Marc, first of all thank you for the great article! I'm in the process of starting a company that will be offering a hardware/software (electronics) solution via the web only initially. Like you I have limited experience with hardware products...my technical experience is in software....This article was both very helpful and timely for me. A couple of questions for you:
- Are there any other sources (e.g., articles/books/websites) that you found particularly usefully in starting and managing your business. I'm looking for the "cheat sheet"/Guideline type of information that you provided in your articles. Any books planned in the immediate future?
- (A specific question) I'm trying to roughly estimate the cost of packaging for my product. I know it is a "it depends" answer but are there any guidelines that you can offer for a electronics type of product for on the web sale (not Retail)....Or any sources I could use to get estimates/quotes...(BTW... I also read you article "The Real Cost to Bring Your Hardware Product to Retail").
- Did you tap into any organizations (Entrepreneurial organizations) that gave you good guidance or assistance for your startup? Any suggestions?
Thanks in advance,
Calculating Defective Cost in the section "Know Your Costs," the value $1.50 doesn't include the cost to repair the defective unit. If you don't repair to resell defective units, you'd have to add an additional $8.49 to your Defective Costs. How do you estimate your cost to repair?
The way I calculated the $8.49:
($50 per unit + $5 shipping + $1.60 support services) * 1000 units manufactured * 15% defective units / actual units sold hopefully 1000 units = $8.49
Thank you for this great article. I am prototyping sensors+arduino that will talk to iOS devices over BlueTooth LE. Getting the prototype parts are easy.
I would like to learn how to best design the hw to minimize cost and what suppliers I should use to obtain best prices at low quantities (say 1,000 a month). While I might outsource this, I have done similar outsourcing for software (mostly design and packaging) and found without some "hands on knowledge" on what steps are involved. what the skill set is and what components are involved I have used poor picks for companies and ultimately been overcharged.
It is like getting my car fixed. If I know more about how the car works and what is involved, I can find the best mechanics at the best price.
I'd like to make a run of 1,000 myself just to "see how it is done" then see how "experts" would improve.
Thank you very much.
Great post! In my experience we always start with a rough 4-5x landed cost when looking at bringing a product to market. Sometimes, prior to too much development, you can determine early on that your market/pricing research will be impossible to meet with manufacturing costs.
Here's a question... why the 50% profit margin? Why not 100%, or 25%? My personal conclusion was always that it was a rule of thumb, based on the historical record of what successful business have done. Obviously if your volume goes through the roof, you can cut profit margin, drive costs down, and still be in business (or you could not cut costs and just make more $$$ :-)). What's your take on that? I've never heard a good explanation of any math or logic for why it's 50%.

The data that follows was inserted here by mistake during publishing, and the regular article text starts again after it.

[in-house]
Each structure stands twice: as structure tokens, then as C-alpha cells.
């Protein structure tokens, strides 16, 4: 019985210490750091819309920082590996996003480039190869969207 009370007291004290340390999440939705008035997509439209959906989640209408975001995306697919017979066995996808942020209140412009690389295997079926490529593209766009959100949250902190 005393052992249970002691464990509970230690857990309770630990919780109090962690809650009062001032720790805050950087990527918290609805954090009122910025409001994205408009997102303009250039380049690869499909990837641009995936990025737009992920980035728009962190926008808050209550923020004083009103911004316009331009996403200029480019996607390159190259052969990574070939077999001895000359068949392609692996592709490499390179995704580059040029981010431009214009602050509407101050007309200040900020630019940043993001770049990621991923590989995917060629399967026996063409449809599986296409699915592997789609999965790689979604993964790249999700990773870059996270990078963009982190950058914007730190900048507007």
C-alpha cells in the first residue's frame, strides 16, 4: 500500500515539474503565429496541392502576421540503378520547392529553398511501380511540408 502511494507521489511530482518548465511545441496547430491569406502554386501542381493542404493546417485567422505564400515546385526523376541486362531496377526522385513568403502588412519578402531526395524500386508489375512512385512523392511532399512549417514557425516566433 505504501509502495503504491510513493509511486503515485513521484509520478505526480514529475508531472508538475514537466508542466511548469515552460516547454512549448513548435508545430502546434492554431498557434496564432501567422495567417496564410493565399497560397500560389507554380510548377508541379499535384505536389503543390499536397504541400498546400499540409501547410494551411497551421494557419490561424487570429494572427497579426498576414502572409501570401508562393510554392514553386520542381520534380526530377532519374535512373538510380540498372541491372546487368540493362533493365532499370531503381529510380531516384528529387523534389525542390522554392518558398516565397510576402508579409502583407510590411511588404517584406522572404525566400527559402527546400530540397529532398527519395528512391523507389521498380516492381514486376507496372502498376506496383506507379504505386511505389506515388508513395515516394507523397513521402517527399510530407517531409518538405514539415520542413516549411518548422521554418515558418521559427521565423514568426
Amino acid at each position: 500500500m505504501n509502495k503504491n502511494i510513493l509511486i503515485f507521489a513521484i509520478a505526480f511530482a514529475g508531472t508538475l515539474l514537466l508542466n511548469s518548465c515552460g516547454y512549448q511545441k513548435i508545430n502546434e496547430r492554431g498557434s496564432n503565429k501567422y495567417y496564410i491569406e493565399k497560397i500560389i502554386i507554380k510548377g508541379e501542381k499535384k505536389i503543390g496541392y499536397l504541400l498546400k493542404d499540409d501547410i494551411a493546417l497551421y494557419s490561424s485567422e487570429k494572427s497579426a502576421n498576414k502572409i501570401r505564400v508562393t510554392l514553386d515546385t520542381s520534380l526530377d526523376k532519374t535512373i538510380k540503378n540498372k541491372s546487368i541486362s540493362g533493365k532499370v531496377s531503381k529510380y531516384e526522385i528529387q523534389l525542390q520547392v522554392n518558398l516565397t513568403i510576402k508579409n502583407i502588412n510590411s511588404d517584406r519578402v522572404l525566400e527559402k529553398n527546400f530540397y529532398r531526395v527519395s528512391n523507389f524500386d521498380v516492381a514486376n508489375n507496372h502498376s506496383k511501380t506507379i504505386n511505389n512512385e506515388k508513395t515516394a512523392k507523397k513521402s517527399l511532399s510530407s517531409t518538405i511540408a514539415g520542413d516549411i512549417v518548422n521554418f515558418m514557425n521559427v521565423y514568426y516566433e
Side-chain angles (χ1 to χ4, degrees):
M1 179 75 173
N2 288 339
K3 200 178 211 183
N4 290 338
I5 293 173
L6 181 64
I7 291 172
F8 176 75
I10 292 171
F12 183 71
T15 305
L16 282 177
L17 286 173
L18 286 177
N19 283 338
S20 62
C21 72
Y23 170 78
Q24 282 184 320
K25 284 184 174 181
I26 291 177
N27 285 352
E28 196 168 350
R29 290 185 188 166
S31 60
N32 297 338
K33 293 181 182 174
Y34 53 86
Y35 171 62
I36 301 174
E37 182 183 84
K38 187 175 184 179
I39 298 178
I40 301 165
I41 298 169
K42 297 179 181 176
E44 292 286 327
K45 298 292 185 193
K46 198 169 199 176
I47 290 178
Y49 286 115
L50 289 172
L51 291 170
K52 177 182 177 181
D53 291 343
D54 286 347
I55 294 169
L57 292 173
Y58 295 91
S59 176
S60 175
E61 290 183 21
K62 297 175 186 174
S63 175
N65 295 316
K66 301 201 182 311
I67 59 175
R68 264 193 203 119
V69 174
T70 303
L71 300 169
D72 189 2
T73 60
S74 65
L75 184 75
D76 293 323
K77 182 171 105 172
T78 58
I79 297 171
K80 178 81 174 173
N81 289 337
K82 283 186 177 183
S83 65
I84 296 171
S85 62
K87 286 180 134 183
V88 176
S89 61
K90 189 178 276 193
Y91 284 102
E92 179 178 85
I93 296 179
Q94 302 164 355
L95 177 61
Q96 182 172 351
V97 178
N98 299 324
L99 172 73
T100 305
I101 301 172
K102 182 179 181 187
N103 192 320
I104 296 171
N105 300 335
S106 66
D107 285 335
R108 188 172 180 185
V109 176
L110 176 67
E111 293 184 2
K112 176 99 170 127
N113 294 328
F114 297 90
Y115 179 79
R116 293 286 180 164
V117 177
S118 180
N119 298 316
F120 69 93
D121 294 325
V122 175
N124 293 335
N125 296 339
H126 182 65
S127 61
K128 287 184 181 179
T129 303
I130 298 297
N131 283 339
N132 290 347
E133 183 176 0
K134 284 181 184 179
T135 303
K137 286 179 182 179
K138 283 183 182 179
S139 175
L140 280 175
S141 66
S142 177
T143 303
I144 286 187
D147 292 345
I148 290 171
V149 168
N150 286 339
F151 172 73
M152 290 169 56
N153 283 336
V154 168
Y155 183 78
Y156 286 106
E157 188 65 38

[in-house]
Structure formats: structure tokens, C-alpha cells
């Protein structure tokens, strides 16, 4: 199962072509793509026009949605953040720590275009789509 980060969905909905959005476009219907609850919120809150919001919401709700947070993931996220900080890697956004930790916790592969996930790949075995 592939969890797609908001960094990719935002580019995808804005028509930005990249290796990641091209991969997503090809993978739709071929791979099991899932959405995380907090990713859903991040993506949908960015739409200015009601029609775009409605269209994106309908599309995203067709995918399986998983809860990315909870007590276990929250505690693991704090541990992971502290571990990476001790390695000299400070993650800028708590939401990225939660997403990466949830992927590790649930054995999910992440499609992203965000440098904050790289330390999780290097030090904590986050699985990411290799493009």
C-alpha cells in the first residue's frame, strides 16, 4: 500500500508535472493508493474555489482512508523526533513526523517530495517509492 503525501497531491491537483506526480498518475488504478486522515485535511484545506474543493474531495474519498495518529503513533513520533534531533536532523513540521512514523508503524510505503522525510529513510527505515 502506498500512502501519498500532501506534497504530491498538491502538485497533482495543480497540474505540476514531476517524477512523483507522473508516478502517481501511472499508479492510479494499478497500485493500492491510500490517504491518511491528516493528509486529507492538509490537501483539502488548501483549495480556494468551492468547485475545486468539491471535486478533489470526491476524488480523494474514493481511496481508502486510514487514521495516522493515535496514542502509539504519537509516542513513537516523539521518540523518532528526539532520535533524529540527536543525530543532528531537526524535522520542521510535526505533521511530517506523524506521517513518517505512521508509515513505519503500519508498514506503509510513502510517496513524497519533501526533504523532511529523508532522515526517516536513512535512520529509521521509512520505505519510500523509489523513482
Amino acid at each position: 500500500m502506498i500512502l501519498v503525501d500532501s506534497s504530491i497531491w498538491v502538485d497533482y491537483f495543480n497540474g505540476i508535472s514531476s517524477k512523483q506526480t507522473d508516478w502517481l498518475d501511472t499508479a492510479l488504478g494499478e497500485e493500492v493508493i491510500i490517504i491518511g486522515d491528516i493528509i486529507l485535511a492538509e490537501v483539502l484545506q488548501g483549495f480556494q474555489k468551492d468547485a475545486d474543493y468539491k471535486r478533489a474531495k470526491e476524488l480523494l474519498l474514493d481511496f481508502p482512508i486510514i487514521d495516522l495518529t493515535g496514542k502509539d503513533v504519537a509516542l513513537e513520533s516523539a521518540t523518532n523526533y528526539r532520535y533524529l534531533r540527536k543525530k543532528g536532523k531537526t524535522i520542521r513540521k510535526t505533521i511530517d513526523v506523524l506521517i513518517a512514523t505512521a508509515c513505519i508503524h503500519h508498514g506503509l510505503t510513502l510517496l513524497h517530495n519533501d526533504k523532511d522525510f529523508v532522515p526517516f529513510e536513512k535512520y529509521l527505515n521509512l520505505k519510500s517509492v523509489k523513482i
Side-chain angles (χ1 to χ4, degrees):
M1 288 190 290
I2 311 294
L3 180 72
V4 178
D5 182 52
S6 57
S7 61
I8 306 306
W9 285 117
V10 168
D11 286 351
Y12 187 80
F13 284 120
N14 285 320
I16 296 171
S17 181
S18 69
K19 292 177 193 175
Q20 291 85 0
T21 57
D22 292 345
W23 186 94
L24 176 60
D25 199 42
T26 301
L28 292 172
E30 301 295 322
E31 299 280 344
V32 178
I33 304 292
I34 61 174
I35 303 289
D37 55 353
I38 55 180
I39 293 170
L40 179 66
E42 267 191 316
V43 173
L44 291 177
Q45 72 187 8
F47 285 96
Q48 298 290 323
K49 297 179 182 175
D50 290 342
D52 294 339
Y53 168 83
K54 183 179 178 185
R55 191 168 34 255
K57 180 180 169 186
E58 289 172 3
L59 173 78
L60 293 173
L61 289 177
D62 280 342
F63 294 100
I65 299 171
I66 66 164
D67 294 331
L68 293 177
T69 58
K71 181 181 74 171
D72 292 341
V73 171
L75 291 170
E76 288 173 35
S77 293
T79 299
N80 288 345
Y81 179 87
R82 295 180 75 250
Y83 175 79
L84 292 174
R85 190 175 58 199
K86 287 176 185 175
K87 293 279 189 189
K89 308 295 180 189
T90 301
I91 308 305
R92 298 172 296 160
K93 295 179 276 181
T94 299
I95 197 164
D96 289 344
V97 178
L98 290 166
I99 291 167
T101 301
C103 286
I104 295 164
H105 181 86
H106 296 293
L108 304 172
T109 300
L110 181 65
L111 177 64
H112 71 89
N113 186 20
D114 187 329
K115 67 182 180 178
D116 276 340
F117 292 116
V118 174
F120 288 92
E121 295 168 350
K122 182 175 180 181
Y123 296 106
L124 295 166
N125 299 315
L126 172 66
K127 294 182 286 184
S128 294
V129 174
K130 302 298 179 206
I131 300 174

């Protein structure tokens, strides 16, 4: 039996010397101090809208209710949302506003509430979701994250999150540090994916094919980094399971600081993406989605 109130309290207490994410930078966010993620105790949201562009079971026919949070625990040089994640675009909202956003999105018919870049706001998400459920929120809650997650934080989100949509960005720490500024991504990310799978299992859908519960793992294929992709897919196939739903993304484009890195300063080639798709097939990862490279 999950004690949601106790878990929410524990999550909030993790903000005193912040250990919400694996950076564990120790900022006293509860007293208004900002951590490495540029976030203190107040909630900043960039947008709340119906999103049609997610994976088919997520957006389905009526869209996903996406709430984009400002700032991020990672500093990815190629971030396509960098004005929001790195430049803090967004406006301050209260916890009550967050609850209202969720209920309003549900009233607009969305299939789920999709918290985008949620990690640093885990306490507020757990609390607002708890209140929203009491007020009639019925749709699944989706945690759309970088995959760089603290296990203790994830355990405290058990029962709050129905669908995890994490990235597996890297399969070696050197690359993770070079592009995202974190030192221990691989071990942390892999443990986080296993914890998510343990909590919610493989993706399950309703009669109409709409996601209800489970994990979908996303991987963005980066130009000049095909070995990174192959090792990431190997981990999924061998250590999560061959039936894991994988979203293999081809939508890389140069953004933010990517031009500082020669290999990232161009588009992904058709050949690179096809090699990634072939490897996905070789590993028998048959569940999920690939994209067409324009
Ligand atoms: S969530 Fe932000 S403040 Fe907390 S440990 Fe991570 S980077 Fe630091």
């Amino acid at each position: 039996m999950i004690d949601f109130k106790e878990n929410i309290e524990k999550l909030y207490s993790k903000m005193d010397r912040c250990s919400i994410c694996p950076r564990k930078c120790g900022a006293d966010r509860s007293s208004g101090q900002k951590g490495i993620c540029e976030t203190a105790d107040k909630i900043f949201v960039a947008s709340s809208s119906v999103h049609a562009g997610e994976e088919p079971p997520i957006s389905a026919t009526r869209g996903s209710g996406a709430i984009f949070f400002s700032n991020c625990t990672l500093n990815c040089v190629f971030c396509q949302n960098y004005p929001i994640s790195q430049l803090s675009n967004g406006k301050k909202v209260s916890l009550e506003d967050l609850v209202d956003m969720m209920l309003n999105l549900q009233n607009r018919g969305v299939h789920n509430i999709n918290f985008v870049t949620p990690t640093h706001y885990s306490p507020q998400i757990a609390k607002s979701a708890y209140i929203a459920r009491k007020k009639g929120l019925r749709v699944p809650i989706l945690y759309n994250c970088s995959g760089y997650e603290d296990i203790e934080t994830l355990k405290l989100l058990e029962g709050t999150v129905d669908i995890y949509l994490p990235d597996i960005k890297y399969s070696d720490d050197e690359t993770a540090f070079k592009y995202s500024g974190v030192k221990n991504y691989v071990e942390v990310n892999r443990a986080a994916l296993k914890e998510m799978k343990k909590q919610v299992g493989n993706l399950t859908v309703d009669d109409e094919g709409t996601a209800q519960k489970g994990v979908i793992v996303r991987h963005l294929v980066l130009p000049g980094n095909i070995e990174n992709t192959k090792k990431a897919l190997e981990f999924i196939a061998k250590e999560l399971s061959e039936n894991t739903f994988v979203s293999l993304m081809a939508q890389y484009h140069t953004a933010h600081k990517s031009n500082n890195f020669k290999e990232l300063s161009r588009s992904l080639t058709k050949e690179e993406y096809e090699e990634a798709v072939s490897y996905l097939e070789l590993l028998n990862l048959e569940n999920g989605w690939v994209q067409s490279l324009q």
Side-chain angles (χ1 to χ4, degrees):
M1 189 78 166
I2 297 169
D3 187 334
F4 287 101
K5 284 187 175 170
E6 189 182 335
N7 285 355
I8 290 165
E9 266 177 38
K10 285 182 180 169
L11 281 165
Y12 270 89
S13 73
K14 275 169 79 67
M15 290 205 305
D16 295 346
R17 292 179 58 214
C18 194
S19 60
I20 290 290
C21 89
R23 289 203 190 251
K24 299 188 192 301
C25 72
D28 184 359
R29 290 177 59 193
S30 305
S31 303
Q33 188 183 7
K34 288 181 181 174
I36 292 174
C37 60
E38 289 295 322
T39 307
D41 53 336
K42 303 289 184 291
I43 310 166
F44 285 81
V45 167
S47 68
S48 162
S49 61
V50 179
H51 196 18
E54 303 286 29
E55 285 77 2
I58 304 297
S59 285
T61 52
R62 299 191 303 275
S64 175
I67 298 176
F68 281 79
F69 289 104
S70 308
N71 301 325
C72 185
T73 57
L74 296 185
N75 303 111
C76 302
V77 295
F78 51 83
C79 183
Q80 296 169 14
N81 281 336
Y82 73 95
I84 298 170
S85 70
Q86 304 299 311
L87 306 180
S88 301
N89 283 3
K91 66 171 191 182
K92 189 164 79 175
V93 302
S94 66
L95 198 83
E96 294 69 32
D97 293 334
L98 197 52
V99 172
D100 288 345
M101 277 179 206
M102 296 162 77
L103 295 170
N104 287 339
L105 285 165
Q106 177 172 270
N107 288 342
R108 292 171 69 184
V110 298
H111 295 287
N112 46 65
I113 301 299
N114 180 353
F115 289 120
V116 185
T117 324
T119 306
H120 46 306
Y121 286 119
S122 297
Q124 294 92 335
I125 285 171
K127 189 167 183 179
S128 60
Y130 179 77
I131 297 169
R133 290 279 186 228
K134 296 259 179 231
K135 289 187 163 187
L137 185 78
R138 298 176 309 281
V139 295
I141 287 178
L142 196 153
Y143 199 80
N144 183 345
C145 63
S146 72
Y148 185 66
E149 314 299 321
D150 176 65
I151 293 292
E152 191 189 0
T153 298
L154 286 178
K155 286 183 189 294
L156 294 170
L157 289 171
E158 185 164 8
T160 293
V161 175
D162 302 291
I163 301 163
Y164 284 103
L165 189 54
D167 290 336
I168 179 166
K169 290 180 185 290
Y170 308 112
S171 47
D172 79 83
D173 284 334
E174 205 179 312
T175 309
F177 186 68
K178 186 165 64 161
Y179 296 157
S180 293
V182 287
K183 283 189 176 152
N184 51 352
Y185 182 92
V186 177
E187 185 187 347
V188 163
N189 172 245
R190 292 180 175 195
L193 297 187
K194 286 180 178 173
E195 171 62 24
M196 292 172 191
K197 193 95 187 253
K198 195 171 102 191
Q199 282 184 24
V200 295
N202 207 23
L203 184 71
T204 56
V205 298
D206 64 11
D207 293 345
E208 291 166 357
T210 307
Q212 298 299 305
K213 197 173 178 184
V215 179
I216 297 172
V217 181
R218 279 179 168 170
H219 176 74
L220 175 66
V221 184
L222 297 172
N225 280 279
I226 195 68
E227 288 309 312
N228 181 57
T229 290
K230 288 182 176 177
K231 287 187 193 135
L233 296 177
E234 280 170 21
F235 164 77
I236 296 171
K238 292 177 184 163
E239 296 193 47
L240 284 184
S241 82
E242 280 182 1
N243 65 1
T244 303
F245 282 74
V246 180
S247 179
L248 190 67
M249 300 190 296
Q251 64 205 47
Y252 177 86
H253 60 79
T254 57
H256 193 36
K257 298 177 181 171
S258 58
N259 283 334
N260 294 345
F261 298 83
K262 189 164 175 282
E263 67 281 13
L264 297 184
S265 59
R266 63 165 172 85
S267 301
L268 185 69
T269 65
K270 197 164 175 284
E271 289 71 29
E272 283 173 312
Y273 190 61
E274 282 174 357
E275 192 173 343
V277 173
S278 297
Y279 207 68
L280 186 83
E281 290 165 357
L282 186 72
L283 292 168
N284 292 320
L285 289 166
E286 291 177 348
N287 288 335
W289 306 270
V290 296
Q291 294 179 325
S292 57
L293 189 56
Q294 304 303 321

@maladeeb Cost to repair depends on how you repair them. Your supplier may just provide replacement units (my assumption in this model), charge you a repair fee if the defect isn't their fault, or work with you to hire a local company that can repair them. The goal was to provide some numbers and ranges to make sure you are thinking about defective units when you price your product. It's easy to miss and can get expensive.
@sketchy I agree with your assertion that the more you know the better a job of outsourcing you can do. The thing in hardware is that (unlike in software outsourcing) the best (most skilled, reputable, high quality, etc) don't typically want to do small batch because the business model for manufacturing (again unlike in software) is based on the quantity of the thing sold. More recently there are outfits that are geared towards small(er) batch production of consumer electronics. Seeed Studio who we've written about before is one such, and I've heard of firms in the states that do that as well. The answer is "it depends". Depending on what you're making there might be fixed costs. Another thing to know is that designs you make in a prototyping kit would need to be redesigned for manufacturability..so there's some cost in that engineering work.
@justinknowles totally. You usually find the price you want to start with takes a long time to get to, especially before you reach volume.
@AwkwardEngineer It did originate from keystone, but also if you study companies with physical products, 50% gross margin is a number that works to make sure the company is profitable. As the cost comes down to reach new customers (ie your sales/marketing costs) and as organizations get more efficient (ie you need less people), companies will be able to live on less margin.
But rule of thumb, 50% gross margins leaves enough room to make mistakes and not tank the company.
Also, keep in mind companies will vary what expenses they put in gross margin to improve or alter the number. I prefer to put all costs to reach a customer and make your product.
@AwkwardEngineer This originates from the keystone pricing strategy (double cost is your selling price) that has been commonplace in retail for a very long time. I'm not sure where keystone pricing originated so perhaps I'm not even answering the question!
@marcbarros Thanks for the response. Do you have another article or insight about how you got the parts to make a prototype?